Supreme Court opts against hearing East Hampton’s airport petition
The long shot didn’t pay off.
On Monday, the United States Supreme Court decided not to hear the Town of East Hampton’s petition to overrule a lower court’s decision that the town had no right to restrict access into and out of its airport by helicopters and other so called “noisy” aircraft.
In November, when East Hampton filed the petition, Councilwoman Kathee Burke-Gonzalez, the Town Board’s liaison to the airport, said it would be an “uphill fight,” but one worth pursuing.
Shelter Island Supervisor Jim Dougherty — a strong advocate of local control of the East Hampton-owned airport — had characterized the move as a “long shot” and as “going to reach for the gold ring … maybe the court might toss out federal regulation and go for home rule.”
But it wasn’t to be.
After years of aviation noise complaints from East End residents caused by commuter flights to and from Manhattan, East Hampton’s board passed legislation in April 2015 imposing a complete shut down of flights into or out of the airport from 11 p.m. to 7 a.m., and banned choppers and the noisy aircraft from 8 p.m. to 9 a.m. It also passed a town law limiting noisy aircraft to a single landing and takeoff each week during the summer season.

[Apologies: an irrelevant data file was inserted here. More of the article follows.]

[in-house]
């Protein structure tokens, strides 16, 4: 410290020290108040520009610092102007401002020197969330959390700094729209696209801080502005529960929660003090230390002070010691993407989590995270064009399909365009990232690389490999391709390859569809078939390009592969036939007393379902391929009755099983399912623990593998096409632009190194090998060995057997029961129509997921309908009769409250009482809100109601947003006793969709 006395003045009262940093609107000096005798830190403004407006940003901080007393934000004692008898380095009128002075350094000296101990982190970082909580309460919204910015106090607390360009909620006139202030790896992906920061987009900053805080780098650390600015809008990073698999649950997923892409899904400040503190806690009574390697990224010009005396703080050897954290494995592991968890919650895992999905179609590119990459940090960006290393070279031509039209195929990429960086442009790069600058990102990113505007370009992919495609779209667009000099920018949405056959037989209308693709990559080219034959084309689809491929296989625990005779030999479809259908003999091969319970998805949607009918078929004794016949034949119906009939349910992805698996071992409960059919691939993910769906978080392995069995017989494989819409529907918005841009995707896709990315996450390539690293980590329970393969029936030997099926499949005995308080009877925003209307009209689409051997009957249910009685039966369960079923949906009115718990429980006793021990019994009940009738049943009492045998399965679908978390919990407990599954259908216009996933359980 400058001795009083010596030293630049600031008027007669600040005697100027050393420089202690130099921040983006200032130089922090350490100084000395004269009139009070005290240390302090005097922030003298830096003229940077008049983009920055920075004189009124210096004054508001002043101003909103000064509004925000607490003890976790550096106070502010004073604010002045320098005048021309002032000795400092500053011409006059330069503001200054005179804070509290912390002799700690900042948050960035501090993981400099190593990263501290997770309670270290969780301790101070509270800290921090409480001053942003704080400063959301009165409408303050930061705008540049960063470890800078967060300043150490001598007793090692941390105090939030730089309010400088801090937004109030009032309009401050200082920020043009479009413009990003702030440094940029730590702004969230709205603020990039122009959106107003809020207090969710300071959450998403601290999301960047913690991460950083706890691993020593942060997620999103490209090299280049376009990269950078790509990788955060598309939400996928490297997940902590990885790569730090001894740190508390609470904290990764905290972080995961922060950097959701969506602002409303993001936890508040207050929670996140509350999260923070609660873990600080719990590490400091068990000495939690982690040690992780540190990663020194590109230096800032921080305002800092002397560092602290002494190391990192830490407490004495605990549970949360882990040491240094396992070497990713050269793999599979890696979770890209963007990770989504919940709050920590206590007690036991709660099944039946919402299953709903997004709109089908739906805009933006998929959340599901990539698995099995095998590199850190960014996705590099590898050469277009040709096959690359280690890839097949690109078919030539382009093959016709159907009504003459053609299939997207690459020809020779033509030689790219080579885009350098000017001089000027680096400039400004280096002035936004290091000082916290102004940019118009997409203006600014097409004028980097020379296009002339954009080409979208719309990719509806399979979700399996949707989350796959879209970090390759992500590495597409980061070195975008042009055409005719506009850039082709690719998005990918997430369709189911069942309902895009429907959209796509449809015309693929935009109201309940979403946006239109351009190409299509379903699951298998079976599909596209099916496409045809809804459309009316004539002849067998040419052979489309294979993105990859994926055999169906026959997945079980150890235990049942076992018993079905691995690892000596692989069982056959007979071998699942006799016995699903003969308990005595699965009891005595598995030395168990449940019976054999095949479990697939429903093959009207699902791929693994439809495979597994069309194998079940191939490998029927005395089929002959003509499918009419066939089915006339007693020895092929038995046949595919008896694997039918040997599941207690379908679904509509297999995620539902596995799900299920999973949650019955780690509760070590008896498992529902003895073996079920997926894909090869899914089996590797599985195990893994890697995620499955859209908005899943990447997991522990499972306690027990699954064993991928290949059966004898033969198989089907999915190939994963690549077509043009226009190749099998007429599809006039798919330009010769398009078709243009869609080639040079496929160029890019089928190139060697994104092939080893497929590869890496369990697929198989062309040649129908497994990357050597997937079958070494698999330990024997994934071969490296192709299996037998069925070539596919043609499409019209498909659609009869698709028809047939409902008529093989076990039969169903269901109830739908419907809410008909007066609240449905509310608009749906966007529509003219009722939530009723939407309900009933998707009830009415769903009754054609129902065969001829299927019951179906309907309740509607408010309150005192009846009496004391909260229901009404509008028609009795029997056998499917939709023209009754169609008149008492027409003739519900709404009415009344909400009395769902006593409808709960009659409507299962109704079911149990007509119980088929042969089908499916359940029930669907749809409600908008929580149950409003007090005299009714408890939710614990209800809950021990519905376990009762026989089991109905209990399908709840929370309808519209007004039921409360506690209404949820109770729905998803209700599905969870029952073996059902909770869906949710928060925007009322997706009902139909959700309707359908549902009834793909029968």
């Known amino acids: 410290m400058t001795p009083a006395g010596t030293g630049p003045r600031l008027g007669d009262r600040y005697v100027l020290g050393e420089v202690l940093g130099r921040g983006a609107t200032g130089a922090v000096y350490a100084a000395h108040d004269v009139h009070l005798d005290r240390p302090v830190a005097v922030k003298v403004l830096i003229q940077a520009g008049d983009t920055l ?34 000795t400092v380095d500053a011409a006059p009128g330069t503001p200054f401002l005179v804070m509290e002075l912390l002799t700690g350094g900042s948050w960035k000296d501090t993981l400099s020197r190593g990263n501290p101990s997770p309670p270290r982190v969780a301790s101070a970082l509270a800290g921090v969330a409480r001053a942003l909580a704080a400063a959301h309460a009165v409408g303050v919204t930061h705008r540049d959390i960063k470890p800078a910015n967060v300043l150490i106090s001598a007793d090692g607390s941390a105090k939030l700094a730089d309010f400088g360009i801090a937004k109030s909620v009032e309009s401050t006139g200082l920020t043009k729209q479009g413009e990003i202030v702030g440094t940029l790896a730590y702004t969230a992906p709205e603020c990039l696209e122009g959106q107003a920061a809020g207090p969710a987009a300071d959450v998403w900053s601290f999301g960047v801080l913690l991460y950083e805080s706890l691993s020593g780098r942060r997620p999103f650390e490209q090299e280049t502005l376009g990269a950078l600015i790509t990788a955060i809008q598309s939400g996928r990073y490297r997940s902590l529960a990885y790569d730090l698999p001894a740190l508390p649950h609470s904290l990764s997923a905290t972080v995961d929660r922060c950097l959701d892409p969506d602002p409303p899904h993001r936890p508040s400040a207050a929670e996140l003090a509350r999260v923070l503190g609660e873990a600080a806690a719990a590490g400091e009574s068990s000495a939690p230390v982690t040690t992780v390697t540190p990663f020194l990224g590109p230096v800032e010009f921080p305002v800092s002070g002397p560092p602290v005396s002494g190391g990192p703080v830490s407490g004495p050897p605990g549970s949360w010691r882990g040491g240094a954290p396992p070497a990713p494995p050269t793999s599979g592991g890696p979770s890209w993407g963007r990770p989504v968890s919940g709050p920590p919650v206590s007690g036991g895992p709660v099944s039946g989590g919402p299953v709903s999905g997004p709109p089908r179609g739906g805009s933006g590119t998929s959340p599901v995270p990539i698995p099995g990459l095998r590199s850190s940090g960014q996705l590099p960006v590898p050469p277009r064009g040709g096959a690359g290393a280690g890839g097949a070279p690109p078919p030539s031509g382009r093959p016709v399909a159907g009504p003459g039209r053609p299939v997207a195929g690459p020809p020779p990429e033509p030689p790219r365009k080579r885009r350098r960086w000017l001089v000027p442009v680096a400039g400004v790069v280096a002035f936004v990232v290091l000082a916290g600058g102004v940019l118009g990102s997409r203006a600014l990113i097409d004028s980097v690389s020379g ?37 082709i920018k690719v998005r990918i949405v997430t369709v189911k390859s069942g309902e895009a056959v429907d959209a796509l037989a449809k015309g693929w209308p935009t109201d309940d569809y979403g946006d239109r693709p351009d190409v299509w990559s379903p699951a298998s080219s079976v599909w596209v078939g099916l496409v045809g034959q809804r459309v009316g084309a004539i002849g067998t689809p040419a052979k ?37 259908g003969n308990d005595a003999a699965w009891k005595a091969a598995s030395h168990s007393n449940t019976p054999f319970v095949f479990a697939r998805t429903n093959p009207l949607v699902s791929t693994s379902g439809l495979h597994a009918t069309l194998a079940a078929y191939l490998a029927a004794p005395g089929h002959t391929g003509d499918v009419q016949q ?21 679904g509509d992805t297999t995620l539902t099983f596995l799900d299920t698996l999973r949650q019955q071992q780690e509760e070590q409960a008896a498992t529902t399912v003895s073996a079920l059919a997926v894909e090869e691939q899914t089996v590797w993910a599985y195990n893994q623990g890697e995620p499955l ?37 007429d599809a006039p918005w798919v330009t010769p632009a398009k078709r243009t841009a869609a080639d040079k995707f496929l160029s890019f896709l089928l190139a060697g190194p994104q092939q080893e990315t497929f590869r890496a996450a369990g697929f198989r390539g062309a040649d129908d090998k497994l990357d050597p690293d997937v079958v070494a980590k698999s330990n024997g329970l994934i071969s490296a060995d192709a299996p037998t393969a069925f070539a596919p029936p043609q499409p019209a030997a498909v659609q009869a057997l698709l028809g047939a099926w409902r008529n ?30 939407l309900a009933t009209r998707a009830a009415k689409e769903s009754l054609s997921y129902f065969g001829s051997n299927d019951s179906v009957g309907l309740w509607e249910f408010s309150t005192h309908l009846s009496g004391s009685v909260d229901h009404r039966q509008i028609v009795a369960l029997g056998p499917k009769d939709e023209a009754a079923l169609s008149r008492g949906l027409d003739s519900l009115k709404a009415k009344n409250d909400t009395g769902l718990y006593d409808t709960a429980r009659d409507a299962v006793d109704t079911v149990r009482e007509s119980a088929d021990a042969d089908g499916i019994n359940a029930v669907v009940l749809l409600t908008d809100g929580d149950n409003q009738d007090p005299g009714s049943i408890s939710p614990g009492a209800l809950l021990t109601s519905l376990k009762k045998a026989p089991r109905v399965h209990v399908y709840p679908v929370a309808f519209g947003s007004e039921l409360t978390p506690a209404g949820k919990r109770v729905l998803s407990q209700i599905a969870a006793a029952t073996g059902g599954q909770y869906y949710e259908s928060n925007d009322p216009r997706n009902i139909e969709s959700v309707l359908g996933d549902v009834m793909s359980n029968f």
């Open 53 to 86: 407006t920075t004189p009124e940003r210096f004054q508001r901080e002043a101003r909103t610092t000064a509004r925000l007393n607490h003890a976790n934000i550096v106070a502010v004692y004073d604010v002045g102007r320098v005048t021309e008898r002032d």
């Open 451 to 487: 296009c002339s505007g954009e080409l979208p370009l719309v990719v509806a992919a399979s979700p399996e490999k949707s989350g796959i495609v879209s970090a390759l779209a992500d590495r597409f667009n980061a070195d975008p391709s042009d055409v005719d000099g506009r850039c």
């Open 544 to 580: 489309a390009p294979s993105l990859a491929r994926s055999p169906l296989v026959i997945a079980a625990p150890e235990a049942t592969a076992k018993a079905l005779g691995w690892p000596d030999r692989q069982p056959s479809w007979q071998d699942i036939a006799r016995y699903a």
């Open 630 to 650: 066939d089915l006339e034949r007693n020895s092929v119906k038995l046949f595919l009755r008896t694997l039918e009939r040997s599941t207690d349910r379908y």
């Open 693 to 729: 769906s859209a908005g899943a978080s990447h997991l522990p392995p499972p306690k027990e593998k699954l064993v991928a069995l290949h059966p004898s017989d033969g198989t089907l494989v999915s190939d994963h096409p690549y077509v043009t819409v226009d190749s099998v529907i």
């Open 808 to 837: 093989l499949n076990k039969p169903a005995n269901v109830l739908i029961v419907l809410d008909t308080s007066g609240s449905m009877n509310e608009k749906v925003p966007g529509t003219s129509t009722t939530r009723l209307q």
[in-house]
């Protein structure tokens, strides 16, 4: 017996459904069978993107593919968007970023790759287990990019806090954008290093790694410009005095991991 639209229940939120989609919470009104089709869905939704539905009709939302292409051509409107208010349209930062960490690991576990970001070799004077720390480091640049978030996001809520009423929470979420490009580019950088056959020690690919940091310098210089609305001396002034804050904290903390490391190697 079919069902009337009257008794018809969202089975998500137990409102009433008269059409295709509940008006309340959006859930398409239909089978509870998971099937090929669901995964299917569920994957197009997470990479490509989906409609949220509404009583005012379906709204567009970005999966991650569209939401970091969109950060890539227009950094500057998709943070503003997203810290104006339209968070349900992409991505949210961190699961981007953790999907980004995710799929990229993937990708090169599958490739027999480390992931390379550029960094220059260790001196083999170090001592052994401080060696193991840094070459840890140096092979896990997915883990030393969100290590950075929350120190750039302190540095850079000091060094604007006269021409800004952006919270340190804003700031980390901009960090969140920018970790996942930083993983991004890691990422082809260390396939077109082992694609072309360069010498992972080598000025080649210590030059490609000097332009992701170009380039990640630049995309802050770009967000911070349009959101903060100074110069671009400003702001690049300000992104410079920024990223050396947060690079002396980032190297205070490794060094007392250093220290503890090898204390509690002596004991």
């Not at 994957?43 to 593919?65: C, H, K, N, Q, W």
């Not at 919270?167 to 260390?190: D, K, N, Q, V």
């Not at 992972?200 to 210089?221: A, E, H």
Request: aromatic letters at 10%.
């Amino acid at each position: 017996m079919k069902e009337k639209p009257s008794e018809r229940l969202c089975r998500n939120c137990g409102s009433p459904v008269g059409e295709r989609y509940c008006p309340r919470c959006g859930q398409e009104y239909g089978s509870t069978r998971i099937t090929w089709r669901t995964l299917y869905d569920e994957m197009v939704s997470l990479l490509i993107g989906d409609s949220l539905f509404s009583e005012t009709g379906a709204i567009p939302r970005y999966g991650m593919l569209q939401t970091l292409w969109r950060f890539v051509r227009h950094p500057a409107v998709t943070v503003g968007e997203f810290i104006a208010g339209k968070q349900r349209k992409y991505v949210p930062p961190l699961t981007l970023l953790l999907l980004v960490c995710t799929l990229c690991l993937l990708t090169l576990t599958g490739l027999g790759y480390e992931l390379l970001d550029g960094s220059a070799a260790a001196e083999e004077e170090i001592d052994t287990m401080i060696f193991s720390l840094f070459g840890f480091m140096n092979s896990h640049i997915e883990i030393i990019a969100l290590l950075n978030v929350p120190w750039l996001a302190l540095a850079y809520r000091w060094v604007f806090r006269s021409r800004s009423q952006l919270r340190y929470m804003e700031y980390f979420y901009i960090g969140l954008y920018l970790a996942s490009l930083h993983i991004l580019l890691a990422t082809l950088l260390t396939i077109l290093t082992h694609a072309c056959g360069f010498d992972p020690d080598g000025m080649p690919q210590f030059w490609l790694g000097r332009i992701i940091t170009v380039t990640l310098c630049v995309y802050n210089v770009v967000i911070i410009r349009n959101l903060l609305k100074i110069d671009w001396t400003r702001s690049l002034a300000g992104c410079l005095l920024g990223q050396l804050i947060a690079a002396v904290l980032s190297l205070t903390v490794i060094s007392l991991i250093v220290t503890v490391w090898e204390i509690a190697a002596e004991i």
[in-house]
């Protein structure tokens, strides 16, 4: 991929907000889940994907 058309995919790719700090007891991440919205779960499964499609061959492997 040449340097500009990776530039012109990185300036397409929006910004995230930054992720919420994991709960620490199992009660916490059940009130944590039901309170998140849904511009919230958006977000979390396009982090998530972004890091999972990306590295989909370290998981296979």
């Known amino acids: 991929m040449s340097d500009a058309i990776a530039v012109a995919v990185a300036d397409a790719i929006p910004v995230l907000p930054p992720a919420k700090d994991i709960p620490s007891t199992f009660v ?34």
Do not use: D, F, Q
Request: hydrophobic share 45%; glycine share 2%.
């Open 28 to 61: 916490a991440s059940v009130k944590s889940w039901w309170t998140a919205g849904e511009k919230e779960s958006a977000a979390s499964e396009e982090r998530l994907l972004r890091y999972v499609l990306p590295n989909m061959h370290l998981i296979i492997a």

Since then the issue has been the subject of several lawsuits. Businesses associated with the aviation industry and a helicopter pilot organization sued on restraint of trade arguments and that the town had superseded federal authority on aviation.
On Nov. 4, 2016 the U.S. Court of Appeals (Second Circuit), in a 3-0 ruling, said the town had no right to impose the restrictions. By not hearing the case, the Supreme Court has let that ruling stand.
In a statement, East Hampton Supervisor Larry Cantwell expressed his disappointment, but put one positive spin on the decision, noting, “the denial of a petition … does not mean that the Supreme Court has taken any view on the correctness of the Second Circuit decision.”
Mr. Cantwell said the strategy now to curb excessive noise is to focus efforts “through our elected representatives.”
On Monday, State Assemblyman Fred W. Thiele Jr. (I-Sag Harbor) and State Senator Ken LaValle (R-Port Jefferson) announced that legislation they sponsored had been passed “that will require any future long term financial agreements between the East Hampton Town Board and the Federal Aviation Administration to be subject to a permissive referendum, giving the community a voice on whether or not to accept federal funds and regulations as it relates to the East Hampton Airport.”
The legislators said the law had been sent to Governor Andrew Cuomo for signing.
A group formed to pressure the town to close the airport, “Say No to KHTO,” said in a release that, “The residents and taxpayers of the East End (as well as beleaguered people from N.Y.C. to Orient Point) need to have our voices heard, need to have our rights defended, need to have our air, groundwater, skies and habitats protected, and need to close the hazardous waste dump that is East Hampton Airport.”